Engine Yard provides an online platform for application developers using different Web languages. Oracle's investment is a way to keep itself in front of those developers.

Charles Babcock, Editor at Large, Cloud

November 13, 2012

4 Min Read

Oracle vs. Salesforce: Social Acquisition Face-off
Oracle vs. Salesforce: Social Acquisition Face-off (click image for larger view and for slideshow)

Oracle has taken a "strategic" minority stake in Engine Yard, a San Francisco supplier of platform-as-a-service (PaaS), where developers build applications in a tools-rich, online environment.

It's not clear yet how Engine Yard can help Oracle get outside the confines of its own limited cloud concepts, but it has the potential of offering a way for developers to work with core Oracle products in a cloud setting that they like.

The amount of the investment was not disclosed in Oracle's announcement Tuesday. But buying a share of Engine Yard is a concession that frequent affixation of the word "cloud" to its Exadata and Exalogic product lines may not be enough to get it into the cloud era. Oracle's existing PaaS, announced at Oracle OpenWorld in September, uses Exalogic and Exadata. Engine Yard potentially can move Oracle out of the box that it has built for itself into the more general-purpose, Amazon Web Services EC2-type of cloud computing. Engine Yard runs atop Amazon's Enterprise Compute Cloud (EC2).

Oracle has a strong motive to keep developers working with its database plus its WebLogic application server product, its GlassFish Java application server in both open source and commercial editions, and its Java language and other modern, Web-oriented languages such as PHP, Node.js and JRuby. The latter is a popular version of Ruby which runs in the Java Virtual Machine. Ruby code itself is known for the ease with which it can be understood and its rapid development characteristics in the Ruby on Rails framework.

[ Learn how Engine Yard used the Ruby language to become a source of "expertise of scale." See Engine Yard Sees Ruby As Cloud Springboard. ]

Archrival Salesforce.com demonstrated the value of such a developer platform when it bought Heroku in December 2010 for $212 million. Salesforce.com produces CRM, HR and social media software-as-a-service (SaaS), which it runs from its own data centers. It also hosts Heroku PaaS on Amazon Web Services EC2. Salesforce.com has announced plans to allow customer development done on Heroku to be integrated as custom extensions of its own applications.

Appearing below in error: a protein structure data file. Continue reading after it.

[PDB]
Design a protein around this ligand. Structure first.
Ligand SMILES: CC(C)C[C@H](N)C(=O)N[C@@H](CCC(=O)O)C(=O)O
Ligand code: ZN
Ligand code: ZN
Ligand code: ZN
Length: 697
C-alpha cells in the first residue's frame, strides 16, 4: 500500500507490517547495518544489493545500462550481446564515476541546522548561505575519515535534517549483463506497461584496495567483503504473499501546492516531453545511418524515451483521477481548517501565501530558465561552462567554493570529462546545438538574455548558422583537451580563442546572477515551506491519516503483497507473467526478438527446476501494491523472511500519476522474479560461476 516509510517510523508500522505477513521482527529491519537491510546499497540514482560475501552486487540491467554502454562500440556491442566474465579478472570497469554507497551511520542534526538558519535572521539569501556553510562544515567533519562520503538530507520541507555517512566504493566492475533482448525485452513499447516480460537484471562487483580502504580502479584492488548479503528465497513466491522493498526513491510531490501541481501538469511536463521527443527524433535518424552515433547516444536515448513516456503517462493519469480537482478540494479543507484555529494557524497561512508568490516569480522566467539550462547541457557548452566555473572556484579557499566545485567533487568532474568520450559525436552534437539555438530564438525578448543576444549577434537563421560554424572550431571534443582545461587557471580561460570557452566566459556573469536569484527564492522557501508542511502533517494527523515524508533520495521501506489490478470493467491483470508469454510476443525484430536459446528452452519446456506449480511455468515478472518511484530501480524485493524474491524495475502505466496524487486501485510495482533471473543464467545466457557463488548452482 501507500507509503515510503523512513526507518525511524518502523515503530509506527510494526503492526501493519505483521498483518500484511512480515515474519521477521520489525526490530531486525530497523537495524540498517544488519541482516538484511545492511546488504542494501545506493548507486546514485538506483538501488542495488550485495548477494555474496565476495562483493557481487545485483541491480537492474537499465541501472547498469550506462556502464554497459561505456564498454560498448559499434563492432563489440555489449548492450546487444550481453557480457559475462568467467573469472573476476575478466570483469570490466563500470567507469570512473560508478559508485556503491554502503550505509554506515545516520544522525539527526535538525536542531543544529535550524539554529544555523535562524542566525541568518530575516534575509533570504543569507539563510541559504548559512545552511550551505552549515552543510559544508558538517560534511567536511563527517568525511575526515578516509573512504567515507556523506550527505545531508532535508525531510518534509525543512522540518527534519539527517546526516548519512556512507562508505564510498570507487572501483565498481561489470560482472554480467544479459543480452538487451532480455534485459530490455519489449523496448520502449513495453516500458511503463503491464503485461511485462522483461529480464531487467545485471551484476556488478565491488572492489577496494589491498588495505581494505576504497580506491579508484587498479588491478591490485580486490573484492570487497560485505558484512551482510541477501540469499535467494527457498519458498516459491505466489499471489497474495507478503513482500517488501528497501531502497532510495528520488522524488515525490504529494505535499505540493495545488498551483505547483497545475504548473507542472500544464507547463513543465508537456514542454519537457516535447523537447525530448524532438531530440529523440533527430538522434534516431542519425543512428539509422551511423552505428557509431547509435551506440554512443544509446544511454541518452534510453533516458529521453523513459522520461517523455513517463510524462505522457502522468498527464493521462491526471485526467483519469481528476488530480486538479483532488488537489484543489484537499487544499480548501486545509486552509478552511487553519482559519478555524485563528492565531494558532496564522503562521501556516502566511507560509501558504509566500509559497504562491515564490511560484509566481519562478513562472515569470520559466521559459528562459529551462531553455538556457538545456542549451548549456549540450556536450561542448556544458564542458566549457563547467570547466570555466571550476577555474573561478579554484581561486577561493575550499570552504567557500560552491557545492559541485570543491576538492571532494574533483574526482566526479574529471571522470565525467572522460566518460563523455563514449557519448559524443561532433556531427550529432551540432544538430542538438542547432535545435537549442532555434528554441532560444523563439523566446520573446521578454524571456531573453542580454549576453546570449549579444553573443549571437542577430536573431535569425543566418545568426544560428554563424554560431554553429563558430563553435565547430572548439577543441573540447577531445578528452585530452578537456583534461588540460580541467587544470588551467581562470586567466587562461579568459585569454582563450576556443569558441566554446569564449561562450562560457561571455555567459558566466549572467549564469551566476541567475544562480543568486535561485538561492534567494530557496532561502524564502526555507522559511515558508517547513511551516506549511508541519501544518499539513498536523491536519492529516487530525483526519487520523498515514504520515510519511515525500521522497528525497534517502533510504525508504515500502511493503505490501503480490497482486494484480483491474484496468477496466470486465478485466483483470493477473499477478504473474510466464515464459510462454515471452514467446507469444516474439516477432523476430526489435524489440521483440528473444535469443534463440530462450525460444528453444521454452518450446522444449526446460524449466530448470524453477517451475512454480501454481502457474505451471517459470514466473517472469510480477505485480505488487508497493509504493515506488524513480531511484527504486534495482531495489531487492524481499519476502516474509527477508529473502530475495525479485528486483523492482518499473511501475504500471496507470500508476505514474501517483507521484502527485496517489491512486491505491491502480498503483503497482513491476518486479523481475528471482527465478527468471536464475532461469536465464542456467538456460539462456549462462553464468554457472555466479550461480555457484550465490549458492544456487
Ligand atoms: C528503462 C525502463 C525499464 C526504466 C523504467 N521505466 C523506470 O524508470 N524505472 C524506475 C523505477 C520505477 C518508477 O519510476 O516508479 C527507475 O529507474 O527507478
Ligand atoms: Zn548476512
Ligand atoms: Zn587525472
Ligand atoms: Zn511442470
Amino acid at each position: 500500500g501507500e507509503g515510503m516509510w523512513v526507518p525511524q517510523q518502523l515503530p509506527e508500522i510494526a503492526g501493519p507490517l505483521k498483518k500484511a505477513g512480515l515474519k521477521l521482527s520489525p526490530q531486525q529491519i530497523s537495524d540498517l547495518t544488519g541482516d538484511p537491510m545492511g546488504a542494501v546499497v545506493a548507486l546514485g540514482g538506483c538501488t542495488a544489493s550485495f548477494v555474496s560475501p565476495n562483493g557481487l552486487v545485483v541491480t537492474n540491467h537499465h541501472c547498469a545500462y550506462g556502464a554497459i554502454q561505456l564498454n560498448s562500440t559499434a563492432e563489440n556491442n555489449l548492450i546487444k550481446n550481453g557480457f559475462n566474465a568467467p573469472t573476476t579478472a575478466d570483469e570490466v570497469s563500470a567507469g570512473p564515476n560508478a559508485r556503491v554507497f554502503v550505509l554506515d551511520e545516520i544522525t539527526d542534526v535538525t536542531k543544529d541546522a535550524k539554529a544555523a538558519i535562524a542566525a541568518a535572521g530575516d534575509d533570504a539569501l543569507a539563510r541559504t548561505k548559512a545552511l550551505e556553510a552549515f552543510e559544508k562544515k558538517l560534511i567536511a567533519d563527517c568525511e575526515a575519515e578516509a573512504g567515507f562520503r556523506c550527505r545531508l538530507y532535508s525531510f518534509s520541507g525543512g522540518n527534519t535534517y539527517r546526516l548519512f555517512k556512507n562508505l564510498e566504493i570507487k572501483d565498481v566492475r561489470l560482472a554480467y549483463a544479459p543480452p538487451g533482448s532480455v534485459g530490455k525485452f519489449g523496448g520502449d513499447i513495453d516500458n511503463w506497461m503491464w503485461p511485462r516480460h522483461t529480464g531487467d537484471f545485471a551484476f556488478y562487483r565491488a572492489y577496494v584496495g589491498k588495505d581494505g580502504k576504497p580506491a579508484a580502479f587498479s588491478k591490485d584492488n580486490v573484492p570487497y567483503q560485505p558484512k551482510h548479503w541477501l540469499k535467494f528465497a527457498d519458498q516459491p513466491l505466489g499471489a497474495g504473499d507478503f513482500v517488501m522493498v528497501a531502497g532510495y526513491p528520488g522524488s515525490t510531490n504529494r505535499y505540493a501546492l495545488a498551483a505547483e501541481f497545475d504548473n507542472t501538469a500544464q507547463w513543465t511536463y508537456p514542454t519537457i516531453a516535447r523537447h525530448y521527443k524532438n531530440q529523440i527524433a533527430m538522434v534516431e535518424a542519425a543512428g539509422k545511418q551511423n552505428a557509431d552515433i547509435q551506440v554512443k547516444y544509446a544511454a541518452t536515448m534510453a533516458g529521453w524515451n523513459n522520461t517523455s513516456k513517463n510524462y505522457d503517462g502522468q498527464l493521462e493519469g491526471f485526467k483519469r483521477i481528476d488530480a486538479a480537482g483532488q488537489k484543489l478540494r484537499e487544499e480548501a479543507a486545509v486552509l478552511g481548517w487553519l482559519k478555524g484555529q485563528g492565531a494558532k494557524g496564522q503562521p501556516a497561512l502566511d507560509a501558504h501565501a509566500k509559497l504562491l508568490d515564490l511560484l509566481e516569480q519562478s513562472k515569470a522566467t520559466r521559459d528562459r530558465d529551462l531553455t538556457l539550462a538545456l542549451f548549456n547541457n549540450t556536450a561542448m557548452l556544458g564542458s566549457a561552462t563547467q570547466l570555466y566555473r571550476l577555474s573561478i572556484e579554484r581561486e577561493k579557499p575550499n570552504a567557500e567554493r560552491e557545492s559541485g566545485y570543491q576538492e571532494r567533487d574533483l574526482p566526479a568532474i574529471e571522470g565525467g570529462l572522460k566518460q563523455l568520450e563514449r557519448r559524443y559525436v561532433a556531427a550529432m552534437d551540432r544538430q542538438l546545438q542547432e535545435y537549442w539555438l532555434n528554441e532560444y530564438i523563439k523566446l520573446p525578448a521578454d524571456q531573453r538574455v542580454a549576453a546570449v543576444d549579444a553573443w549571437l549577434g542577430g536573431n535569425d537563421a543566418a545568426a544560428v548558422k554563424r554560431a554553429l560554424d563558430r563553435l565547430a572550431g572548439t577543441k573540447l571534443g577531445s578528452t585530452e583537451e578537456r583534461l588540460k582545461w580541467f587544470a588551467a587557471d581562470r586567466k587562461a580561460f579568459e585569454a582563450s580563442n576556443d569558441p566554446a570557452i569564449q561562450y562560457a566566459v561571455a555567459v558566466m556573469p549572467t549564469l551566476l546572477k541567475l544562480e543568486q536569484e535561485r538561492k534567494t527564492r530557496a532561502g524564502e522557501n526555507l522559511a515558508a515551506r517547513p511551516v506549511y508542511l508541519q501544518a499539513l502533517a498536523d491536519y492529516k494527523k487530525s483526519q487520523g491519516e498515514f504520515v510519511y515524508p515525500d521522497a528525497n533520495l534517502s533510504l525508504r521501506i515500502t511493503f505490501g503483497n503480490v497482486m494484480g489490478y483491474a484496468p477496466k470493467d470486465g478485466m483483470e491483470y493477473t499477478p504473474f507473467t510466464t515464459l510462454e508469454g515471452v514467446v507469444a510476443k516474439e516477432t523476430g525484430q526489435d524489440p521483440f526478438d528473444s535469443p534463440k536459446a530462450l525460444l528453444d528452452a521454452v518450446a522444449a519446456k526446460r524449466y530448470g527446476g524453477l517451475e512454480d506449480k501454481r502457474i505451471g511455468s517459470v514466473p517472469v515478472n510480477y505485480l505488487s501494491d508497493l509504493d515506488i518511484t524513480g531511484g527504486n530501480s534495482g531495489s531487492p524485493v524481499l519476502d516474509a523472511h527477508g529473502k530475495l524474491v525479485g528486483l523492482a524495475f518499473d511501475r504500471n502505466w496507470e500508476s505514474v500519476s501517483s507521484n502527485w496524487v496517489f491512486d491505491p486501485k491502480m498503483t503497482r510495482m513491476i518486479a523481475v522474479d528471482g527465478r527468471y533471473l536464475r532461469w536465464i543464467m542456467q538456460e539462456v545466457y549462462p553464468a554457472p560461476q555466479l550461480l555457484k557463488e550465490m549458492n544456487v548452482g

Like Heroku, Engine Yard is a set of development environments and services that run on top of AWS EC2 and Terremark cloud services. Developers who wish to produce database-intensive services on Engine Yard may one day be able to produce custom additions for Oracle packaged applications. The Oracle applications might be either running on a customer's premises or from Oracle's own SaaS. Engine Yard PaaS services could ensure that a new service would scale to meet demands placed on it.

In its announcement Tuesday, Oracle said it will work closely with Engine Yard "to provide cloud application developers with a greater choice of development and deployment options. The two companies are expected to connect their respective PaaS offerings to enable more rapid development in a secure, reliable and scalable environment."

What Oracle refers to as its "respective PaaS environment" was announced during JavaOne and Oracle OpenWorld this year, and includes database services based on Oracle and Exadata Database Machine and middleware based on Fusion Middleware, including WebLogic Application Server and Oracle Exalogic Elastic Cloud.

Through the cooperation, developers "can more efficiently extend their packaged applications to support additional business requirements," the statement said.

There's a certain logic that pushes Oracle in the direction of Engine Yard. JRuby was created at Sun Microsystems, and in 2009 the JRuby team left new owner Oracle to join Engine Yard to continue JRuby development as open source contributors.

In a July 2009 blog, JRuby developer Charles Nutter responded to the question: "Why did you leave Sun (Oracle)? Did you get the impression that JRuby was to be shelved?" He said, "The primary reason for leaving was the high level of uncertainty involved. On the one hand, we were getting absolutely no indication that JRuby either would or would not be funded. We weren't even allowed to talk about JRuby's future because of regulatory concerns. That makes it difficult to get anything done."

Now JRuby is an important language in the Java lexicon, one that would help keep Web-oriented developers interested in the use of Java, the Java Virtual Machine and Oracle products for future applications. Establishing a link to Engine Yard may be one way for Oracle to re-establish access to JRuby expertise and offer JRuby services in a rich development environment.

Engine Yard was founded in 2006 and has received $38 million in three rounds of venture capital funding.

About the Author(s)

Charles Babcock

Editor at Large, Cloud

Charles Babcock is an editor-at-large for InformationWeek and author of Management Strategies for the Cloud Revolution, a McGraw-Hill book. He is the former editor-in-chief of Digital News, former software editor of Computerworld and former technology editor of Interactive Week. He is a graduate of Syracuse University where he obtained a bachelor's degree in journalism. He joined the publication in 2003.

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